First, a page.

R A Peters
on Jan. 10, 2014 :
If you’re expecting a wild action tale or remake of Red Dawn with this book, you’d be mistaken. On the other hand, you won’t be disappointed with what you find. While the story centers on an ex-super duper soldier accidentally building a resistance movement against invading Chinese troops, they spend surprisingly little time actually fighting and a lot more giving speeches.
The focus here is less on the war and more on the private emotional journeys the hero and his sidekicks take from mild-mannered civilians to merciless guerrillas. A string of betrayals and self-created disasters then keep the pressure ramped up and the fun going. You feel throughout that the guerrillas and the US in general would handily when the war, if they could only get out of their own way. The real enemy the good guys always struggle with isn’t a foreign army, but themselves and their own self-destructive tendencies.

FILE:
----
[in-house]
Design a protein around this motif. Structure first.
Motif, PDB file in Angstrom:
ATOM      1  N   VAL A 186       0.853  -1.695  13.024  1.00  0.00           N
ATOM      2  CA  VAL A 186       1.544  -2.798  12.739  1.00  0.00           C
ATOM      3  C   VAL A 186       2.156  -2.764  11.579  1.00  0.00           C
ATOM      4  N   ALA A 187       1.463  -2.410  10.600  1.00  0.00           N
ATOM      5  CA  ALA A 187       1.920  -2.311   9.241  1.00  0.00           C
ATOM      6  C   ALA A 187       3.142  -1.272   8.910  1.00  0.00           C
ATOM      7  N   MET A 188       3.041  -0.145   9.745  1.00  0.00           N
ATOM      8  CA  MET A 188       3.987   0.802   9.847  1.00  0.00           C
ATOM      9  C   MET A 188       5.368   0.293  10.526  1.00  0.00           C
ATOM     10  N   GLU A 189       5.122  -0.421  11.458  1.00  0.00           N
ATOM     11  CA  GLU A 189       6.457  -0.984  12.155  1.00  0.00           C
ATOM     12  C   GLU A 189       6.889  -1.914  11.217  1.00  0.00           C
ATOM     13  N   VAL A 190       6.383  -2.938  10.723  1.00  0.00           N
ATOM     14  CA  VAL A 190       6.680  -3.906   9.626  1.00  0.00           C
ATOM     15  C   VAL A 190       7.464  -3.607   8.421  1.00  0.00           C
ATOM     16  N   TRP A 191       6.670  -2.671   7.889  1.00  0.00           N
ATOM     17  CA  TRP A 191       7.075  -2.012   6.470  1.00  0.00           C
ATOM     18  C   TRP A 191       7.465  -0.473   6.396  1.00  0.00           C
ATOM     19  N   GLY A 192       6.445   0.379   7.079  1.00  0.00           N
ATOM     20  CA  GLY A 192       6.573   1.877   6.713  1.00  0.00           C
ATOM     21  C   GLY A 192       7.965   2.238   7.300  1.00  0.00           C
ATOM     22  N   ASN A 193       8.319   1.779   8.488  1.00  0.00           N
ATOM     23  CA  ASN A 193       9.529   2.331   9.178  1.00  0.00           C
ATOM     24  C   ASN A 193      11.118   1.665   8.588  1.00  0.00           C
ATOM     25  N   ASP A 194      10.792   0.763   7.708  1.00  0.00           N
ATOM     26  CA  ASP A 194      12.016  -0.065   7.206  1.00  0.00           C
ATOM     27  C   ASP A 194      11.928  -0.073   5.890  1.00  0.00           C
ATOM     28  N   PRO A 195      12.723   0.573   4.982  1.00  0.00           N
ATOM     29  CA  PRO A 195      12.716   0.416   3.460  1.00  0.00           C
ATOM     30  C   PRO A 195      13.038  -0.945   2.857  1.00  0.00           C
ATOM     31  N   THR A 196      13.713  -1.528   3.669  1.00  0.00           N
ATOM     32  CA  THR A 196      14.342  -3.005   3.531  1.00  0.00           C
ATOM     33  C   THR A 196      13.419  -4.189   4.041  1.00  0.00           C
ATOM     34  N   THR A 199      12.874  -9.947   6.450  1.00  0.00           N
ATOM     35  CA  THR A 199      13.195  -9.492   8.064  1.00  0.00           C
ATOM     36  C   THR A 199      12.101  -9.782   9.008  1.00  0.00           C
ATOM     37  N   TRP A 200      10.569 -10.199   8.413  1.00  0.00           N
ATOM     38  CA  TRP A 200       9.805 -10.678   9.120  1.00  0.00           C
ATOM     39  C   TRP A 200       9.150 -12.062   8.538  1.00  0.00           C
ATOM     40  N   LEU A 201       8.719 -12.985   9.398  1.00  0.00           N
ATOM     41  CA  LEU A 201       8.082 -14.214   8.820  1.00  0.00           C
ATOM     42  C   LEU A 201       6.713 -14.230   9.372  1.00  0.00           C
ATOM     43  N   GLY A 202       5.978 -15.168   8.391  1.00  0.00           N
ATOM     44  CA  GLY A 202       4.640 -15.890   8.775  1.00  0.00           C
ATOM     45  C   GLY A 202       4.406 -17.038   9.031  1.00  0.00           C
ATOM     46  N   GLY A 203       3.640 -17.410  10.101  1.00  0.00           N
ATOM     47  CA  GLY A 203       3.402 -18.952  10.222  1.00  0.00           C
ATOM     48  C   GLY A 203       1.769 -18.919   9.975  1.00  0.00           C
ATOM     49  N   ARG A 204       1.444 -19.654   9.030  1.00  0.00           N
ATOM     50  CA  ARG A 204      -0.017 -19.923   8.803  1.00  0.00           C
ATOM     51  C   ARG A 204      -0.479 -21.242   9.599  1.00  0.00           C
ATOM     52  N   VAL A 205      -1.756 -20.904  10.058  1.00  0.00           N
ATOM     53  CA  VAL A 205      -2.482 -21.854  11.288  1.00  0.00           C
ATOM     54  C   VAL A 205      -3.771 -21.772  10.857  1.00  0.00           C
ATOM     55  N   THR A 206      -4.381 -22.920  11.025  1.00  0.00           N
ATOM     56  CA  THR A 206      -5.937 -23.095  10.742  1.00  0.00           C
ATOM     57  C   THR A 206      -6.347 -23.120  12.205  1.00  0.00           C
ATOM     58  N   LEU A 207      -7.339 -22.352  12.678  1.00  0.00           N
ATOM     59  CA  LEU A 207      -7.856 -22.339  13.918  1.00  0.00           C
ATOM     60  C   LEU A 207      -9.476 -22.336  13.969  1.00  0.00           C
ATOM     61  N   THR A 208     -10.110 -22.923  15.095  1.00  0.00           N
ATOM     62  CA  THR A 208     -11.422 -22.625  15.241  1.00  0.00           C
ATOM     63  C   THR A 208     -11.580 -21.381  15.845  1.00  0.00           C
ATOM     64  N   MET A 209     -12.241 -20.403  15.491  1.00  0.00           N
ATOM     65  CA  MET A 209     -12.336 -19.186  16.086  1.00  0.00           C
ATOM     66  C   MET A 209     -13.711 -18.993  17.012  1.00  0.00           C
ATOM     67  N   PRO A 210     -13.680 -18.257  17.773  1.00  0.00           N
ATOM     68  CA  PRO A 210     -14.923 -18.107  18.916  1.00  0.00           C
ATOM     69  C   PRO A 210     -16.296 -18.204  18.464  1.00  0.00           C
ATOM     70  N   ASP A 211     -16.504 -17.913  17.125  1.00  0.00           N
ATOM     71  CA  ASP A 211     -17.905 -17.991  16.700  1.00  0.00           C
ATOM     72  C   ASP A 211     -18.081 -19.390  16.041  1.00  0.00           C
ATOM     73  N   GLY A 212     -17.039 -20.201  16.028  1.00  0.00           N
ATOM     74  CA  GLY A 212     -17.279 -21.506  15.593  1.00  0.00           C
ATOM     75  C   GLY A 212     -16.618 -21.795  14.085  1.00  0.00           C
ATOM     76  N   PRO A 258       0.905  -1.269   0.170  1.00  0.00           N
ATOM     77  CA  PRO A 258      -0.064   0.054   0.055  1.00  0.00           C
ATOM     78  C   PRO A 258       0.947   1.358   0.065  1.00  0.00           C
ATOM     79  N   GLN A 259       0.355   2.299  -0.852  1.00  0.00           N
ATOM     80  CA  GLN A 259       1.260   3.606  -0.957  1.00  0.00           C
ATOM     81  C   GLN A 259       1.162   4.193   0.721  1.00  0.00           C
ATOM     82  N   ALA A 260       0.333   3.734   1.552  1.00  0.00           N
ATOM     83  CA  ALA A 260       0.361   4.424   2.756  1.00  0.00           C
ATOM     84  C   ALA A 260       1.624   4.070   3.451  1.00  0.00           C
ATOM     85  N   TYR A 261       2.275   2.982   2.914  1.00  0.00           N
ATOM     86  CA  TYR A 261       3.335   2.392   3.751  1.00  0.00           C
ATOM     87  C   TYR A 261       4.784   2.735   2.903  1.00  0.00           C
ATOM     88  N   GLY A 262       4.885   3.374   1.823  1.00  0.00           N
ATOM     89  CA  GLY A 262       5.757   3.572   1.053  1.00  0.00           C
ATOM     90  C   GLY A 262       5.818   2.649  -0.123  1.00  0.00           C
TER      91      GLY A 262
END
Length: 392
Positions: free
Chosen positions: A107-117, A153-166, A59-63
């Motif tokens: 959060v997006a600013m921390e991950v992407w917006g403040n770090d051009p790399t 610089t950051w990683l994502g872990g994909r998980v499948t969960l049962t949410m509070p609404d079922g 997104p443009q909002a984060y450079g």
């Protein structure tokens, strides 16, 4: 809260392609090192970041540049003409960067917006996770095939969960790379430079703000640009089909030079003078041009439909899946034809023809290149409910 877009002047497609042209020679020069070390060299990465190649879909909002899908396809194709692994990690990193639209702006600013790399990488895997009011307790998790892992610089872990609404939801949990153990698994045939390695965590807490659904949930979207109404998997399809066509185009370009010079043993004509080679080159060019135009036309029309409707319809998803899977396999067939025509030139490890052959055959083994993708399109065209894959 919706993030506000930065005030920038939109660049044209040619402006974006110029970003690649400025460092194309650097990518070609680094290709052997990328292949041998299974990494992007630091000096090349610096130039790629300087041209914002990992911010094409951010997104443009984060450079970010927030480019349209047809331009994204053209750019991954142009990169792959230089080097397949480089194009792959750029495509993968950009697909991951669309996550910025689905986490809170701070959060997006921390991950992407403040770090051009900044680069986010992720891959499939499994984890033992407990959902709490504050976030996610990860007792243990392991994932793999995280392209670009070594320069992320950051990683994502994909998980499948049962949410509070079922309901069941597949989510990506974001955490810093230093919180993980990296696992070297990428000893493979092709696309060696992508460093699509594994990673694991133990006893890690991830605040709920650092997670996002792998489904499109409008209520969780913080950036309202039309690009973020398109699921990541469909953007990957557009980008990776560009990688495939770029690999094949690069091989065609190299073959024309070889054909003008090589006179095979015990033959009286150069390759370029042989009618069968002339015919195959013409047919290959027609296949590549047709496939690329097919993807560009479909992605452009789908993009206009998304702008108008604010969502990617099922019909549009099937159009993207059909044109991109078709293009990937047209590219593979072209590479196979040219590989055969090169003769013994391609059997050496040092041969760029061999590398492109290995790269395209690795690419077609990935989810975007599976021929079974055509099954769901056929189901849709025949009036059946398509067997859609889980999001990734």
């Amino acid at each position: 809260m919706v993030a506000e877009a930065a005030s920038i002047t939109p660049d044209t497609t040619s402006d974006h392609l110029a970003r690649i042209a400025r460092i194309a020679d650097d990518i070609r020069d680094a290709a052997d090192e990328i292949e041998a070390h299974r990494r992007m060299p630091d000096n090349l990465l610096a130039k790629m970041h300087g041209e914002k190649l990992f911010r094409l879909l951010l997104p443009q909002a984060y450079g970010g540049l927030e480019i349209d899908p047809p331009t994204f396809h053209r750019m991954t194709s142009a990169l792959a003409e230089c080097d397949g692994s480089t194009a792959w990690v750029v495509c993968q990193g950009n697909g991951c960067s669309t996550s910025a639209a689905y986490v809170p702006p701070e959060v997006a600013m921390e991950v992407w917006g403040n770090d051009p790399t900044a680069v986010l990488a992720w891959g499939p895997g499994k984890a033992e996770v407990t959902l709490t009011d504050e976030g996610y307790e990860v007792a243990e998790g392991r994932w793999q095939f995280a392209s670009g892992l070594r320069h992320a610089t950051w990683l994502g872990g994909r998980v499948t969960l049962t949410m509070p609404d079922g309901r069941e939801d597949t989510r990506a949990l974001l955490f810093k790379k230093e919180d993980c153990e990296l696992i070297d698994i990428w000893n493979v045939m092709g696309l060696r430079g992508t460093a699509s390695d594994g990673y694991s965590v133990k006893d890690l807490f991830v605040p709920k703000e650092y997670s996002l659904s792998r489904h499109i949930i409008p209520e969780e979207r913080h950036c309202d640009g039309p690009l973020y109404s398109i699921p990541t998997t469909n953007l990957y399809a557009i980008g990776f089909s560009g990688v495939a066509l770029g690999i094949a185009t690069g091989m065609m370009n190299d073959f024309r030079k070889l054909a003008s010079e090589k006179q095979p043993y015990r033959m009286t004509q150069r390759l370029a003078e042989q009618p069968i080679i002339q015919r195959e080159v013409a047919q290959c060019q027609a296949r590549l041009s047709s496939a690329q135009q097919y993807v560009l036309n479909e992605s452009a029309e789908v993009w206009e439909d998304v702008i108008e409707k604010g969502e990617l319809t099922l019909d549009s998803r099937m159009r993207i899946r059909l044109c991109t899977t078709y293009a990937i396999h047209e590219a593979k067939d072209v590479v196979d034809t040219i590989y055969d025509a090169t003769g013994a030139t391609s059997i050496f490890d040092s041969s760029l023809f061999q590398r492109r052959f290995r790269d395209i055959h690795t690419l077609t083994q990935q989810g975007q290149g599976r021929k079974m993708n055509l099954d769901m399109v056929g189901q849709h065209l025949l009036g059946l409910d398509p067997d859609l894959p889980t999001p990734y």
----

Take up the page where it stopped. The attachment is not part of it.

Unlike most of these WW3 tales, the author gives and maintains a clear and coherent strategic narrative. Personally, I found the details of the broader war extremely far-fetched, but at least having a clear understanding of the “big picture” made for a more interesting read. While there are a number of technical errors with weapons and tactics, the author’s skilled handling of his complicated and self-destructive hero and well-fleshed out supporting cast overshadows such details.
Overall, the prose and style reads more like a screenplay than most novels. That’s neither good nor bad, but merely a taste preference. While I can’t give this 5 stars because of so many events and decisions stretching the realm of believability, there’s no denying that the story is pretty unique. All in all, a fun read that’s worth the time, even if it is not the most thought provoking.
(review of free book)